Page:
Other Editions of Public Speaking : An Audience-Centered Approach / With CD-ROM:
Ships same day or next business day! UPS expedited shipping available (Priority Mail for AK/HI/APO/PO Boxes). Used sticker & some writing and/or highlighting. Used books may not include working access...show more code or dust jacket ...show less
Free Shipping Get Free Shipping on orders over $25 (not including Rental and Marketplace). Order arrives in 5-10 business days.
Need it faster? We offer fast, flat-rate expedited shipping options.
Not the right book for you? We'll gladly take it back within 30 days.
To return an eTextbook:
Your eTextbook is non-returnable once it's been activated. You must contact us about returning your eTextbook before you activate it.
Returns are accepted within 30 days of the purchase date on your order confirmation.
This book qualifies for guaranteed cash back! Buy it now for , then:
Sell it back by:
Guaranteed cash back:
Cost of this book after cash back:
Take advantage of Guaranteed Cash Back. Send your book to us in good condition before the end of the buyback period, we'll send YOU a check, and you'll pay less for your textbooks!
If you find this book for less on Amazon.com (direct from Amazon, not marketplace sellers), we'll match it.
In our warehouse, waiting to ship directly to you.
We hand-inspect every used textbook to make sure it's in good condition.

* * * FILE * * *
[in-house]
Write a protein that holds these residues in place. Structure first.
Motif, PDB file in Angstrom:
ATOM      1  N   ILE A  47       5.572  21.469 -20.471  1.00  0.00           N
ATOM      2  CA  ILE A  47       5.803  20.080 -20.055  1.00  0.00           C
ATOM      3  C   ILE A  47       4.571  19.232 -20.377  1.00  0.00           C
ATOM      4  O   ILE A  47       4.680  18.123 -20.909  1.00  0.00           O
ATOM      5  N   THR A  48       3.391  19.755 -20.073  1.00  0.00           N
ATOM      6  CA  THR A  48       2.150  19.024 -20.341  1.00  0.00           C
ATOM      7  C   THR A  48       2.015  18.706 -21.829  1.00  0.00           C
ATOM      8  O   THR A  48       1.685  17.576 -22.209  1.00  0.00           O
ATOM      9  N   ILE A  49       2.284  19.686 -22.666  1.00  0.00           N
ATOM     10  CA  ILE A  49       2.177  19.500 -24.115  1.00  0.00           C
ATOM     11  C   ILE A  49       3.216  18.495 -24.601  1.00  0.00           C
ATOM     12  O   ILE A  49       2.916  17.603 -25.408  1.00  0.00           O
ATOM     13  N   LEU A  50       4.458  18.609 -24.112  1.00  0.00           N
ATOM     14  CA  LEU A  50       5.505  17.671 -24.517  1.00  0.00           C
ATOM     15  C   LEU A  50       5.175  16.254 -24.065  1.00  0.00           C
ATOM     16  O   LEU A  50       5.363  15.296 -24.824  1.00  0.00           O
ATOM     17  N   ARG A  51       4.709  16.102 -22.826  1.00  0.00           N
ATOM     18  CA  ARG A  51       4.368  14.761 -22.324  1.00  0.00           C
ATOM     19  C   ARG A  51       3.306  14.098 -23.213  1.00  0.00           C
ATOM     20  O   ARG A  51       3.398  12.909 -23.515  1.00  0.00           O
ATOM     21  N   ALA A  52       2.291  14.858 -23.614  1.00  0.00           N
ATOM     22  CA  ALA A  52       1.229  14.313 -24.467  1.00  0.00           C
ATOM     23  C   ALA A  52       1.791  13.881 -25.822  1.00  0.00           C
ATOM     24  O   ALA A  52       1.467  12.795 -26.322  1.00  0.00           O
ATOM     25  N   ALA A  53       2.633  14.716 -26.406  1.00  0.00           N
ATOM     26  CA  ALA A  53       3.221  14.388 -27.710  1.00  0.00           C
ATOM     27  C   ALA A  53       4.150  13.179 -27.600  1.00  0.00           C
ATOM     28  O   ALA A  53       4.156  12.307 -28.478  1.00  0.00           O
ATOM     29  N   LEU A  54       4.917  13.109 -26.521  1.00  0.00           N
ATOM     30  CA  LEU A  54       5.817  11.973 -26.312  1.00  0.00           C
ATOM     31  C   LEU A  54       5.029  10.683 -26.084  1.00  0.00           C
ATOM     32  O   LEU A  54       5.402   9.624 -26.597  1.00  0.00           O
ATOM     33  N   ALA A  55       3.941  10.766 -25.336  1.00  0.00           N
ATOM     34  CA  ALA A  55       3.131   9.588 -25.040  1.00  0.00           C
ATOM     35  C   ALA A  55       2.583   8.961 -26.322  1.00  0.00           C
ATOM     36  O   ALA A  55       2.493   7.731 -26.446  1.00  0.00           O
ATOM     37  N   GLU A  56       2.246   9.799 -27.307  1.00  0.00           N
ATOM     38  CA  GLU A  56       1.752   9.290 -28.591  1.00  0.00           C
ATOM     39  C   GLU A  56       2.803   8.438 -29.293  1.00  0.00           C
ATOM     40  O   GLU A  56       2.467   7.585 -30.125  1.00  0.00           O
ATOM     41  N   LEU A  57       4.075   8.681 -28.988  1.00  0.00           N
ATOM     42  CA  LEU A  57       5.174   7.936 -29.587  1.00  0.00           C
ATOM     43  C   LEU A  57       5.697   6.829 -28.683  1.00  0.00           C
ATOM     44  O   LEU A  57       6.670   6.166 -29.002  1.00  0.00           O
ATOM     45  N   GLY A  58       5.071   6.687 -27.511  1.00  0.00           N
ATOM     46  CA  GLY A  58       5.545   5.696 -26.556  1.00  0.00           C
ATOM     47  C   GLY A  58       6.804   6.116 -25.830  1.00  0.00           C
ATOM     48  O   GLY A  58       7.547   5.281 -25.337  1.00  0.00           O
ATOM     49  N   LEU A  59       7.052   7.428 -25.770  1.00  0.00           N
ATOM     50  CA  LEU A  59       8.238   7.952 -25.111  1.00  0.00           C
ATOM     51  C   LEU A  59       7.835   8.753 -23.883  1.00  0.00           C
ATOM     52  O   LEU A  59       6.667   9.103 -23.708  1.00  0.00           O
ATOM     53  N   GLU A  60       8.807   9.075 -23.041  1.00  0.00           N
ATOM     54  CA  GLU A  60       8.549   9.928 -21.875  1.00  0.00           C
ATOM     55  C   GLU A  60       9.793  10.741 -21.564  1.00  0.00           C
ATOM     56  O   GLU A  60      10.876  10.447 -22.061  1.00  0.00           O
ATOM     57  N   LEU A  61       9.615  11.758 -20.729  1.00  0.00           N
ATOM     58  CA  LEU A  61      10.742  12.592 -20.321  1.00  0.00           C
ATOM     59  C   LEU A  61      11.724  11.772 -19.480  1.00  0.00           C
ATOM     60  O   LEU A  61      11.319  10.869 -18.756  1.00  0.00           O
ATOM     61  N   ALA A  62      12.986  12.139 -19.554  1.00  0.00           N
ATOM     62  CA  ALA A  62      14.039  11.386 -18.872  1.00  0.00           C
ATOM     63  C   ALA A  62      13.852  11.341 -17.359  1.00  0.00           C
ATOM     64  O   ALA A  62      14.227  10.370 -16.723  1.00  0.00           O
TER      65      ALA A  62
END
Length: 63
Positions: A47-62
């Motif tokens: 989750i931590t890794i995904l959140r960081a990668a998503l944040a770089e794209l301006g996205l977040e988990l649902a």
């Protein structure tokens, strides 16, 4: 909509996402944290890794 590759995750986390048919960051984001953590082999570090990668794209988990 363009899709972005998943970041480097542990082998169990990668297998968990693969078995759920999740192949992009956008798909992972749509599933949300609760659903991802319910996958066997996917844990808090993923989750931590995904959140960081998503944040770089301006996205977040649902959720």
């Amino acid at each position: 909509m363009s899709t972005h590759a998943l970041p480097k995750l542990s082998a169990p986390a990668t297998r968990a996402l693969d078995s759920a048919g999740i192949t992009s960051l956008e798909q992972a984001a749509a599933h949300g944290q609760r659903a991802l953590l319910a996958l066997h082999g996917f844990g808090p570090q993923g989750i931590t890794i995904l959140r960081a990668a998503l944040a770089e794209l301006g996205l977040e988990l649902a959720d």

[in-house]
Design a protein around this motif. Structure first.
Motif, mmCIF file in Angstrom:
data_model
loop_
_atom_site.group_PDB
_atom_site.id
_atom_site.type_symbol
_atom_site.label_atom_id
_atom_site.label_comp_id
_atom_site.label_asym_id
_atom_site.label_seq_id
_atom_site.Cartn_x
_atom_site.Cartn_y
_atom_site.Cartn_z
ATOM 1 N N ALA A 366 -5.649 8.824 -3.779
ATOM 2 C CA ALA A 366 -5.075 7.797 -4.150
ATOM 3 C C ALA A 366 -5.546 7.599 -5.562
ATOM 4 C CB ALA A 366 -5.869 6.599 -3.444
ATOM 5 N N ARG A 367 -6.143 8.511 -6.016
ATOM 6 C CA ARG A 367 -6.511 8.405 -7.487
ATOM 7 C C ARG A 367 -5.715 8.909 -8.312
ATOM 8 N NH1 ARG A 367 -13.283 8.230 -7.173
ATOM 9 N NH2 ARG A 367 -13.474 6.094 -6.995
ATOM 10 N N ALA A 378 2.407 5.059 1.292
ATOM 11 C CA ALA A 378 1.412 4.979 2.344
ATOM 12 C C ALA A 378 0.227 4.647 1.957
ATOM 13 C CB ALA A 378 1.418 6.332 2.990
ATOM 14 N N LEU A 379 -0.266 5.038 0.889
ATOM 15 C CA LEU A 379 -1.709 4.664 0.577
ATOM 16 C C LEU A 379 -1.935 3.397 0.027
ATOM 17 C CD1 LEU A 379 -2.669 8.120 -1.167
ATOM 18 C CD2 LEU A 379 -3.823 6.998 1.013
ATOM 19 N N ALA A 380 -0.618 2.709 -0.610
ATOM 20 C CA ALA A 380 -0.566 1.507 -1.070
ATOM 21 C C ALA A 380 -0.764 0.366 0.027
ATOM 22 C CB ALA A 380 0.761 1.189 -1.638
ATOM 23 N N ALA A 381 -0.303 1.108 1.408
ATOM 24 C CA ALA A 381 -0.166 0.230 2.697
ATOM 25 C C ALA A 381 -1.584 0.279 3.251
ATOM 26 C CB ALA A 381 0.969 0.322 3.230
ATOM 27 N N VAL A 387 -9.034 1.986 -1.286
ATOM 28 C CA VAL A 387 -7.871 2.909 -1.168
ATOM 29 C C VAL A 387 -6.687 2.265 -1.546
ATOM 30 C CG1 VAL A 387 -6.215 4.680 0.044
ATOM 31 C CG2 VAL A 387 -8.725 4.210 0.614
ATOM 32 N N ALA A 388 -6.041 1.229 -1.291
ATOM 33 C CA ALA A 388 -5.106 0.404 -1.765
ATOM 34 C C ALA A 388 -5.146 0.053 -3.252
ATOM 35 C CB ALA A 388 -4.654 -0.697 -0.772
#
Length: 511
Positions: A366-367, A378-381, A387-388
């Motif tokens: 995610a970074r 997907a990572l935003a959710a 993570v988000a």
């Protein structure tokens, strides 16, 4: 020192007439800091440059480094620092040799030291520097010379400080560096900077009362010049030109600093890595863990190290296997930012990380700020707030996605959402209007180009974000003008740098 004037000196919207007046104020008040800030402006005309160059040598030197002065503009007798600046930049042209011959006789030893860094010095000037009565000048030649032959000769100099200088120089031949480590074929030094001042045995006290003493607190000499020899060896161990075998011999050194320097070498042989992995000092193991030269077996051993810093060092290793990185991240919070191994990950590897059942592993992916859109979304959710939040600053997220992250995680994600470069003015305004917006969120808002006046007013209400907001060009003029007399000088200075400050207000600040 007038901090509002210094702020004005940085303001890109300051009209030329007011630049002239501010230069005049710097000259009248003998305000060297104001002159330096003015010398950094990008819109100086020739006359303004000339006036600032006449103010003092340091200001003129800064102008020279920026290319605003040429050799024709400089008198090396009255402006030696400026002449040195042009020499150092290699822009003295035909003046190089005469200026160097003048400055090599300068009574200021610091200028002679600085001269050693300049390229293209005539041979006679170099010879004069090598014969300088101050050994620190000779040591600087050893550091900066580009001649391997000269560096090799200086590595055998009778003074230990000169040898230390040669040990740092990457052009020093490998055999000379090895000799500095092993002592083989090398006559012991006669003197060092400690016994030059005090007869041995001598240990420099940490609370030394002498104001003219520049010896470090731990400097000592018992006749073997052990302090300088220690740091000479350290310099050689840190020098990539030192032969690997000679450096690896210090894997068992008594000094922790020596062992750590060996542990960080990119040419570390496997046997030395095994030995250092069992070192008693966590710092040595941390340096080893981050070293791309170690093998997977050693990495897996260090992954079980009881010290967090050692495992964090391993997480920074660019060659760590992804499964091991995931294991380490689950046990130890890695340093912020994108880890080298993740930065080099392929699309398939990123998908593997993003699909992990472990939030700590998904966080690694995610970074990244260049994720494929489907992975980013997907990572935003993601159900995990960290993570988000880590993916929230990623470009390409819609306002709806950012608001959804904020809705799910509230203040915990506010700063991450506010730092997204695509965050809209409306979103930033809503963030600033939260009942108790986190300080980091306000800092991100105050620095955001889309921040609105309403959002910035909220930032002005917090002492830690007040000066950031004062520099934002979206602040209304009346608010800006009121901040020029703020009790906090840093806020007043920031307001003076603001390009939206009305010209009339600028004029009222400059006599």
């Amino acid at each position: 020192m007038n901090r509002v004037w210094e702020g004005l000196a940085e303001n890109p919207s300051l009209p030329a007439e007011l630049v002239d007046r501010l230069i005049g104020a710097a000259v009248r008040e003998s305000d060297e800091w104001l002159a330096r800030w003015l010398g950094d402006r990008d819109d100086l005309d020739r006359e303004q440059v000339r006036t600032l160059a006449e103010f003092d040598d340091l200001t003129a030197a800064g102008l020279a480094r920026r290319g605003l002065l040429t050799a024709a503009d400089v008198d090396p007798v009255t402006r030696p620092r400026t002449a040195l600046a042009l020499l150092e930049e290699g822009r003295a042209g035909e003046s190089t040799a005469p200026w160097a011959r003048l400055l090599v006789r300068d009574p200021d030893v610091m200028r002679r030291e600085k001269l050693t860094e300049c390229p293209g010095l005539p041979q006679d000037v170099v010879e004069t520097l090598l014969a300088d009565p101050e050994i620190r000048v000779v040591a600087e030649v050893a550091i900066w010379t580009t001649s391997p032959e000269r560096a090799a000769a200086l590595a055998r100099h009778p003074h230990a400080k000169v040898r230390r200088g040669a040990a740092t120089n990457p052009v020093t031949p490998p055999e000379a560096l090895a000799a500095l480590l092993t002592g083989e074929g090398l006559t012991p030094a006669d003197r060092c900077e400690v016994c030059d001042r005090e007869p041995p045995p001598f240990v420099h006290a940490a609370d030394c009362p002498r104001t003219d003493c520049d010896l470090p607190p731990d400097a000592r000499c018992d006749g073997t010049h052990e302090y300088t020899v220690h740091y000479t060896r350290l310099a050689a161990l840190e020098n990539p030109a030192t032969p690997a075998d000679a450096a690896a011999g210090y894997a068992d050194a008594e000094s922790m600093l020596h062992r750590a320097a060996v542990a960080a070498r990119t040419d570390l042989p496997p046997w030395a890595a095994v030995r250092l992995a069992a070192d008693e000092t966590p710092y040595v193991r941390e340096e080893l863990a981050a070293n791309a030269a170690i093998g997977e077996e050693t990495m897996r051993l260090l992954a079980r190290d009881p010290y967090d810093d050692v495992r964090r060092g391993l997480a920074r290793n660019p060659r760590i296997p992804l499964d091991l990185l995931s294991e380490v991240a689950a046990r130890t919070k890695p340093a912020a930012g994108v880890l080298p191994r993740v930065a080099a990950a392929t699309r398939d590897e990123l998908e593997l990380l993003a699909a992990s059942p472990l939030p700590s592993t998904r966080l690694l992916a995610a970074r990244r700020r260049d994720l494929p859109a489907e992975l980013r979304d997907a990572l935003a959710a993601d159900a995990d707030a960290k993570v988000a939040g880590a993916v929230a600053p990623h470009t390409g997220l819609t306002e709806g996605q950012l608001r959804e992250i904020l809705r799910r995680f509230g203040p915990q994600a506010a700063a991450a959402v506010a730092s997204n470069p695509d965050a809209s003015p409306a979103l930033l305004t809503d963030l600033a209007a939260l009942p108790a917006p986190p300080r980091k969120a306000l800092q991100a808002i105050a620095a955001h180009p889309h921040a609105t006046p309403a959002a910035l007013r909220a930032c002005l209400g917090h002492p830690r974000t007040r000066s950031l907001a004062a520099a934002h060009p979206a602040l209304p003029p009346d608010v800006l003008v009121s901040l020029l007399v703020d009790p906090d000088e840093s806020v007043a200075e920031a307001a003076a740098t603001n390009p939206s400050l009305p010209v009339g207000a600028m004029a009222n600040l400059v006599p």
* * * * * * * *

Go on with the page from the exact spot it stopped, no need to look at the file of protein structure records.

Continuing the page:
Buy it now. Sell it later!
Sell this textbook for cash!
When you're done with this book, sell it back to Textbooks.com. In addition to the best possible buyback price, you'll get an extra 10% cash back just for being a customer.
We buy good-condition used textbooks year 'round, 24/7. No matter where you bought it, Textbooks.com will buy your textbooks for the most cash.
We hand-inspect every one of our used textbooks to ensure good condition.
Our used textbooks do NOT have:
Missing or torn pages
Missing or torn cover
Torn or damaged binding
A broken spine
This textbook has never been used.
Due to the size of eTextbooks, a high-speed internet connection (cable modem, DSL, LAN) is required for download stability and speed. Your connection can be wired or wireless.
Being online is not required for reading an eTextbook after successfully downloading it. You must only be connected to the Internet duringthe download process.
Windows XP, Windows Vista or Mac OS X 10.3 or above
At least 280 MB RAM, a 600 mHZ processor and 110 MB of hard drive space
1024x768 (or larger) screen resolution
What is the Marketplace? It's another way for you to get the right price on the books you need. We approved every Marketplace vendor to sell their books on Textbooks.com, so you know they're all reliable.
What are Marketplace shipping options? Marketplace items do not qualify for free shipping. When ordering from the Marketplace, please specify whether you want the seller to send your book Standard ($3.99/item) or Express ($6.99/item). To get free shipping over $25, just order directly from Textbooks.com instead of through the Marketplace.
FREE UPS 2nd Day Air Terms
Rental and Marketplace items are excluded. Offer is valid from 1/21/2013 12:00PM to 1/23/2013 11:59AM CST. Your order must be placed by 12 Noon CST to be processed on the same day. Minimum order value is $100.00 excluding Rental and Marketplace items. To redeem this offer, select "FREE UPS 2ND DAY AIR" at checkout. Offer not is not valid on previous orders.